Seeking assistance from the Senate
Higher education organizations are hoping to convince GOP leaders in the Senate to support another pandemic recovery package that would include at least $46.6 billion to help colleges and their students.
In a May 29 letter to Majority Leader Mitch McConnell (R-Kentucky) and Minority Leader Chuck Schumer (D-New York), the American Council on Education (ACE) asked the senators for the additional support, which Republicans have been reluctant to do.
ACE, which wrote the letter on behalf of more than 40 higher education organizations (including the American Association of Community Colleges), noted several higher education association surveys indicate that three-fourths of institutions reported current-year revenue losses of up to 20 percent, and many institutions expect their losses next year will be greater.
“Losses of the magnitude we expect to see in the fall would necessarily weaken not just colleges and universities, but the economic health of their surrounding communities and regions,” the letter said.
ACE also called on lawmakers to ensure that states do not replace their obligations to fund public higher education with any federal recovery funding.
“In order to guarantee that states do not simply reduce their funding to institutions of higher education in proportion to new federal assistance, Congress must include a maintenance of effort (MOE) provision as a condition of receiving funding,” the letter said.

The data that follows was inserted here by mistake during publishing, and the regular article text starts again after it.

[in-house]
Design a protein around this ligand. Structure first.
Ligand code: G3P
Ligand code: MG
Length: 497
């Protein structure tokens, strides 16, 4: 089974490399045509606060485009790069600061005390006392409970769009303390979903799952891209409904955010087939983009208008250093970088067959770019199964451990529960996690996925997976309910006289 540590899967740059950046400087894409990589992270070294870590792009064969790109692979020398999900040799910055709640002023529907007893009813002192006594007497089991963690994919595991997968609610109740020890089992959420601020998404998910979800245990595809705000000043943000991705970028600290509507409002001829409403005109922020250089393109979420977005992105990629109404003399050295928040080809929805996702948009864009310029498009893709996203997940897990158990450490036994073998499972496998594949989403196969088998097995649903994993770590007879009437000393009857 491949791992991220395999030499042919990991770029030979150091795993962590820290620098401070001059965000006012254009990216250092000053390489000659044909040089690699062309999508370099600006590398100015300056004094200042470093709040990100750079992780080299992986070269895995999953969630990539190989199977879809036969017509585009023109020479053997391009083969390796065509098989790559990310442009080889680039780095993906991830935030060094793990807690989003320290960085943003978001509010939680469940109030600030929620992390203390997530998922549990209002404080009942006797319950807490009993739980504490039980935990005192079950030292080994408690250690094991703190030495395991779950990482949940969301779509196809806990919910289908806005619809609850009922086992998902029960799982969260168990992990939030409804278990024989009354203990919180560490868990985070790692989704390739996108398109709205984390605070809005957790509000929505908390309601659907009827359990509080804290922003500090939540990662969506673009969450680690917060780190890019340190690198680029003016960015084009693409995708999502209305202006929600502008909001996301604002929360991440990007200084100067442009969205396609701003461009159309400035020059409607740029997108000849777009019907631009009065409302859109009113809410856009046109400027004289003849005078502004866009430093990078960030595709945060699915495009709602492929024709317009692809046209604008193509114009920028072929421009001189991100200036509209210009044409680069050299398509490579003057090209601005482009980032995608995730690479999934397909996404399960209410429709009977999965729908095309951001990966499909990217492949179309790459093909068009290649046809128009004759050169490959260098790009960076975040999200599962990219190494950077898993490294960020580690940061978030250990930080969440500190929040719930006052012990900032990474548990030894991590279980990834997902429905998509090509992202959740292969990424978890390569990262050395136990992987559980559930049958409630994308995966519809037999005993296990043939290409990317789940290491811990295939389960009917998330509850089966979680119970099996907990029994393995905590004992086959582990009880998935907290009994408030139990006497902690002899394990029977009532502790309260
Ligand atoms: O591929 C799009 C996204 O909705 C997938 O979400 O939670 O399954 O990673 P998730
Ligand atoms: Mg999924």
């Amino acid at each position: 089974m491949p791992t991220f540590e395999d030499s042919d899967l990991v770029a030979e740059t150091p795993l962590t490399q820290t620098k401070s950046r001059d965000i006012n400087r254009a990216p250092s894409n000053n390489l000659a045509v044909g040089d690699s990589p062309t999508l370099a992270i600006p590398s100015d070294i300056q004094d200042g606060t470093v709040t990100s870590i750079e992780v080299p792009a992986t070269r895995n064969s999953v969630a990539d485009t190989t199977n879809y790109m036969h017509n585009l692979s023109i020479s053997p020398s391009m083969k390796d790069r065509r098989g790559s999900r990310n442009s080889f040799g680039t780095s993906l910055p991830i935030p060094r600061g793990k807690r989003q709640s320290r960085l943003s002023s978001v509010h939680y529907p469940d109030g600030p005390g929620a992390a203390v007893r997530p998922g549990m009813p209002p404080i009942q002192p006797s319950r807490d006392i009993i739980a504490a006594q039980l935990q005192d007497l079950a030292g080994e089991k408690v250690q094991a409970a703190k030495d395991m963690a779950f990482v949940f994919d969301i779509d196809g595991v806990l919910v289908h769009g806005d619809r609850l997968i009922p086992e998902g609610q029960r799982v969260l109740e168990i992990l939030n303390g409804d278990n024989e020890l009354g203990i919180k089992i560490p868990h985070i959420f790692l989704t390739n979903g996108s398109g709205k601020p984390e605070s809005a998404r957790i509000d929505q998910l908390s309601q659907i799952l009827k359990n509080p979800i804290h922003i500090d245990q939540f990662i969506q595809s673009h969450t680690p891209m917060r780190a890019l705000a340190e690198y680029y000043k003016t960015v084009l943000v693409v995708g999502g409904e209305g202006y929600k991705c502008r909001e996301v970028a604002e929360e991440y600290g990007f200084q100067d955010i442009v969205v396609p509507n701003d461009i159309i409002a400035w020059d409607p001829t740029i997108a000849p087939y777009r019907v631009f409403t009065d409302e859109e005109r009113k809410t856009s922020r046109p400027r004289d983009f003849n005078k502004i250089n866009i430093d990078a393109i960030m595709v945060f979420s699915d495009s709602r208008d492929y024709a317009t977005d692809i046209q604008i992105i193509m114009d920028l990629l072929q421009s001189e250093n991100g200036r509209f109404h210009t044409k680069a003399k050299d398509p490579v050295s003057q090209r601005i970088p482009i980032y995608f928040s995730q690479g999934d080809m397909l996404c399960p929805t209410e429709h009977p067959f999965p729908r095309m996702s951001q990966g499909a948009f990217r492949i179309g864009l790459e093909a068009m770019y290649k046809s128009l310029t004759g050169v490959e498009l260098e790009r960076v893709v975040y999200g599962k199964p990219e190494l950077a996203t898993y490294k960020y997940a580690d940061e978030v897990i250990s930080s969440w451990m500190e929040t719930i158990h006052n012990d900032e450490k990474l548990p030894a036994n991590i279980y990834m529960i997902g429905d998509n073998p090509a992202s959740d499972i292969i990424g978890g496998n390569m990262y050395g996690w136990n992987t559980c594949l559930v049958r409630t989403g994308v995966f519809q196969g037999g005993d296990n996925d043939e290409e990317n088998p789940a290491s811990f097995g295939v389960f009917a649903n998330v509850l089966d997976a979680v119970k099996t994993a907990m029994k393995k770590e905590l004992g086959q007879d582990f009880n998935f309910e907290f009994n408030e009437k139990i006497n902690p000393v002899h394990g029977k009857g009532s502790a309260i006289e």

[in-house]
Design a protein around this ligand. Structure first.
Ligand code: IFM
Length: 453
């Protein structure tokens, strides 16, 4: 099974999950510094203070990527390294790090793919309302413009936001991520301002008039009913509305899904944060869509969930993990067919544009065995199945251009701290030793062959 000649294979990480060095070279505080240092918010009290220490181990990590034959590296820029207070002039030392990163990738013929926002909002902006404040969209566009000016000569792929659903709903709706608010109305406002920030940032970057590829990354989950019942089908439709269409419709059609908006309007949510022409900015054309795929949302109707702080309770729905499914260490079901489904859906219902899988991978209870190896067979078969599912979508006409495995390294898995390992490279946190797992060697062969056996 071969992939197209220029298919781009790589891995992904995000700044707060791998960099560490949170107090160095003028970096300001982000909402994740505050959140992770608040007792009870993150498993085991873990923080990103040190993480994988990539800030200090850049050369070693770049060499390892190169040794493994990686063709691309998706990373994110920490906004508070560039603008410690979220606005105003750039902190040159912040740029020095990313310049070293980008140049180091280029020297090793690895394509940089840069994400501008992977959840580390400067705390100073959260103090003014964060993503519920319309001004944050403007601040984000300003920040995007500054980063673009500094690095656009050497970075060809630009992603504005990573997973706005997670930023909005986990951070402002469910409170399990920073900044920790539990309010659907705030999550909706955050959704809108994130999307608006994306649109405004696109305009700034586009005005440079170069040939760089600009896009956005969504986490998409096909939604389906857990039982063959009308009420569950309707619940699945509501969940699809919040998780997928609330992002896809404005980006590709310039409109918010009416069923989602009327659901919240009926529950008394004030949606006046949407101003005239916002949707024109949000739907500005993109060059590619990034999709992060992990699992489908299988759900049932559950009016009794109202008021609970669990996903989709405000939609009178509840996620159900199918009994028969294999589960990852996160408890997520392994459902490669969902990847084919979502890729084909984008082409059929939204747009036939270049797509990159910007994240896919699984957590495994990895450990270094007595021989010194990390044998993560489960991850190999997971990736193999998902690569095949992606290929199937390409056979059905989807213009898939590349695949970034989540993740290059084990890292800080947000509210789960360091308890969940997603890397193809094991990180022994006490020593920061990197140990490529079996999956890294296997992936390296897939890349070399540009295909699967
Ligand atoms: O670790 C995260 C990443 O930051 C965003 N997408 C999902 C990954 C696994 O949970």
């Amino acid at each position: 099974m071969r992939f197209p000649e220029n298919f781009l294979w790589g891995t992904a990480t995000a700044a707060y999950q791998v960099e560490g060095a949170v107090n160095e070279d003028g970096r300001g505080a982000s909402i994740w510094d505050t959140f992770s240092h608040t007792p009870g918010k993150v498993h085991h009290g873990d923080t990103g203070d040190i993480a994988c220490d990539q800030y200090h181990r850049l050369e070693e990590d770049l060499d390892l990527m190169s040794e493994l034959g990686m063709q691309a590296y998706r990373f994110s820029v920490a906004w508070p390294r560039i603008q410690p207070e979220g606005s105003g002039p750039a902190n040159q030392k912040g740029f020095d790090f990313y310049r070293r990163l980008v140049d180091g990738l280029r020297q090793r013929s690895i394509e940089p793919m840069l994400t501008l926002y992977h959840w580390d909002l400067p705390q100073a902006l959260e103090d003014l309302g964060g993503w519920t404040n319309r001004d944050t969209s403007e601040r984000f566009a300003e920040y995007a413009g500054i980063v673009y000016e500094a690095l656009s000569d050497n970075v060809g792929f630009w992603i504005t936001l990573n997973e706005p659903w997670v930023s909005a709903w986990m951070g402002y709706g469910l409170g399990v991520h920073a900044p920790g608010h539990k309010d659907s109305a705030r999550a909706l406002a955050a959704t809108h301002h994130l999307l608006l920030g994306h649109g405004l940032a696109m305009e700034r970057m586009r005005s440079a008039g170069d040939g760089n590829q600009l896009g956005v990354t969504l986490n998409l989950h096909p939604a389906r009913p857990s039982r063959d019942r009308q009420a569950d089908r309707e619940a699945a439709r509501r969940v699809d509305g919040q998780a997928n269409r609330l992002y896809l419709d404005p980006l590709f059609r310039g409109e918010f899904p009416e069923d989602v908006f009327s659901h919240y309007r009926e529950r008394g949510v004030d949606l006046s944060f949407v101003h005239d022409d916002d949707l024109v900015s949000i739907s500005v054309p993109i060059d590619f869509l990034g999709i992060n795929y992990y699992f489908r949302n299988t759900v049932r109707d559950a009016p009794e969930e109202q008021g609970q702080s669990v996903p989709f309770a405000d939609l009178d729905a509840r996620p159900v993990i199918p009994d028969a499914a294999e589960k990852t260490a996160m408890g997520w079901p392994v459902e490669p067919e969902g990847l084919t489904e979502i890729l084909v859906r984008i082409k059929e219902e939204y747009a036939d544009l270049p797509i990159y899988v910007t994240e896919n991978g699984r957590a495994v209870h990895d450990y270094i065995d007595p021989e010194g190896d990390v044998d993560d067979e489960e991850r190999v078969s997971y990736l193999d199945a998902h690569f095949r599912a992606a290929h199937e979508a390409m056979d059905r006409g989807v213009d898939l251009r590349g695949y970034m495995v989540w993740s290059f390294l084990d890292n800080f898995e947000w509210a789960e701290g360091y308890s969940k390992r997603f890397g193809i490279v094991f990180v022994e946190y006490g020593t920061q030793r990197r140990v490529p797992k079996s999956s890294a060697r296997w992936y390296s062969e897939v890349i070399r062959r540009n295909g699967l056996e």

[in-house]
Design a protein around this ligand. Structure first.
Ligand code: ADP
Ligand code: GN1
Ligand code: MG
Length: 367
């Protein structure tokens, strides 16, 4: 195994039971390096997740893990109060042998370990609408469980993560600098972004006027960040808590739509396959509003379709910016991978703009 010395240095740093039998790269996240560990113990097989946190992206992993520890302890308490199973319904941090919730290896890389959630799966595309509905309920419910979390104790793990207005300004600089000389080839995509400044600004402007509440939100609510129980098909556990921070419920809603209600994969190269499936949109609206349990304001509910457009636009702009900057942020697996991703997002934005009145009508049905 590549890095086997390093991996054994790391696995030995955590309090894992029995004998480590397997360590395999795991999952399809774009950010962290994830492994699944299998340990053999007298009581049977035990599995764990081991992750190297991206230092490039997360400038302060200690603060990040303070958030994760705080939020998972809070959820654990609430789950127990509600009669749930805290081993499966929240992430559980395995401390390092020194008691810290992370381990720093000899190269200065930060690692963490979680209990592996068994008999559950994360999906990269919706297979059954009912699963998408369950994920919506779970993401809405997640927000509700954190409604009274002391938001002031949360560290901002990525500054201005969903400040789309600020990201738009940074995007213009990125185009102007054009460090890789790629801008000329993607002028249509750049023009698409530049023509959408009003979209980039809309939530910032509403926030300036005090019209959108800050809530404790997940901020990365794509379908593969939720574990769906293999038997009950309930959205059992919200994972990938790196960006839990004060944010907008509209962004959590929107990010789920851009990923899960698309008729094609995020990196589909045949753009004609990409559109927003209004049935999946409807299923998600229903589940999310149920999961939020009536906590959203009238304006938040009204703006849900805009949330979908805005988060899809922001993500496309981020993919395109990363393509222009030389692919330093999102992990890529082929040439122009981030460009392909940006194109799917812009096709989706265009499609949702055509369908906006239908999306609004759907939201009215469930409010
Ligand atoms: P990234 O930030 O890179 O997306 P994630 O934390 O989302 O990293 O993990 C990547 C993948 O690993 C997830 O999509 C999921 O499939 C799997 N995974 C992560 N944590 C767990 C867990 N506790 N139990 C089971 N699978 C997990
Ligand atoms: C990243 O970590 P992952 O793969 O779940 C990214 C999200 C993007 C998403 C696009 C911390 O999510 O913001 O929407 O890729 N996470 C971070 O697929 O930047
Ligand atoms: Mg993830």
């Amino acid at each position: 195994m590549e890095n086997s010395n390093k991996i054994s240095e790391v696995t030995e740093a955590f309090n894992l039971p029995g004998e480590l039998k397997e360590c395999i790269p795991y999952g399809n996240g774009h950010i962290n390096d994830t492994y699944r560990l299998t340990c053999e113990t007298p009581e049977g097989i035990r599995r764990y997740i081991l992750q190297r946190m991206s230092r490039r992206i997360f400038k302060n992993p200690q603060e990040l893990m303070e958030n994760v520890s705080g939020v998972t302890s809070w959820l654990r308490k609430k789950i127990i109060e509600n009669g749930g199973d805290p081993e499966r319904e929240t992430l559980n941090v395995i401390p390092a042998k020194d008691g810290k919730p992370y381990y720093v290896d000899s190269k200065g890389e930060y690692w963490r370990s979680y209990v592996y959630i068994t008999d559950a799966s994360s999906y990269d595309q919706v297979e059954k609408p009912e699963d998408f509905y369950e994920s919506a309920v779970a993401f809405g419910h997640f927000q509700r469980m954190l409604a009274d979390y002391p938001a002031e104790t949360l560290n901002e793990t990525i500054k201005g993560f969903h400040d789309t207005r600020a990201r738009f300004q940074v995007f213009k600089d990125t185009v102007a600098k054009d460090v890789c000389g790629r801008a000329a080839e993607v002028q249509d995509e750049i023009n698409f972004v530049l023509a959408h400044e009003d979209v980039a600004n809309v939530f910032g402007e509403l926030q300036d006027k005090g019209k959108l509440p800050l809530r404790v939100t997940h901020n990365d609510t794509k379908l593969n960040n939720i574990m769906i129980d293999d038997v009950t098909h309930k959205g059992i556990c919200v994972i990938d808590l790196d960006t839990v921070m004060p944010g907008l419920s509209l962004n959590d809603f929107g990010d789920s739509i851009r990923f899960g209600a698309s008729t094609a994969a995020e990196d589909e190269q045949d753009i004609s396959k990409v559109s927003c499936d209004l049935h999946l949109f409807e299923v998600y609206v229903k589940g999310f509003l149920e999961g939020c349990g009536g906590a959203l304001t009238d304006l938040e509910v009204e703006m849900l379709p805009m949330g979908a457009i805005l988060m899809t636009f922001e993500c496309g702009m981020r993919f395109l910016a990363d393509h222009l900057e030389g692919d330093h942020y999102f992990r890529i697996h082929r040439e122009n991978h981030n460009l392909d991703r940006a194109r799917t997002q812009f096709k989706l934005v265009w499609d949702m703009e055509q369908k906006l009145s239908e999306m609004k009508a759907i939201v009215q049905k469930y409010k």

Second round of approved Perkins state plans
The U.S. Education Department (ED) on Friday announced that it has approved career and technical education (CTE) state plans for Georgia, Iowa, Michigan, Montana, North Dakota, Oregon, South Dakota, Vermont and Wyoming.
The nine states are in the second wave to have their CTE plans approved by ED under the Strengthening Career and Technical Education for the 21st Century Act (Perkins V).
Michigan’s plan, for example, requires postsecondary institutions to describe in their local grant applications how they will make CTE program information available to students, parents and the community on its state Talent Connect website. Montana aims to increase access for CTE in rural areas by implementing a consortia model to pool resources among secondary- and postsecondary-level partners.
Additional details are available on the department’s website.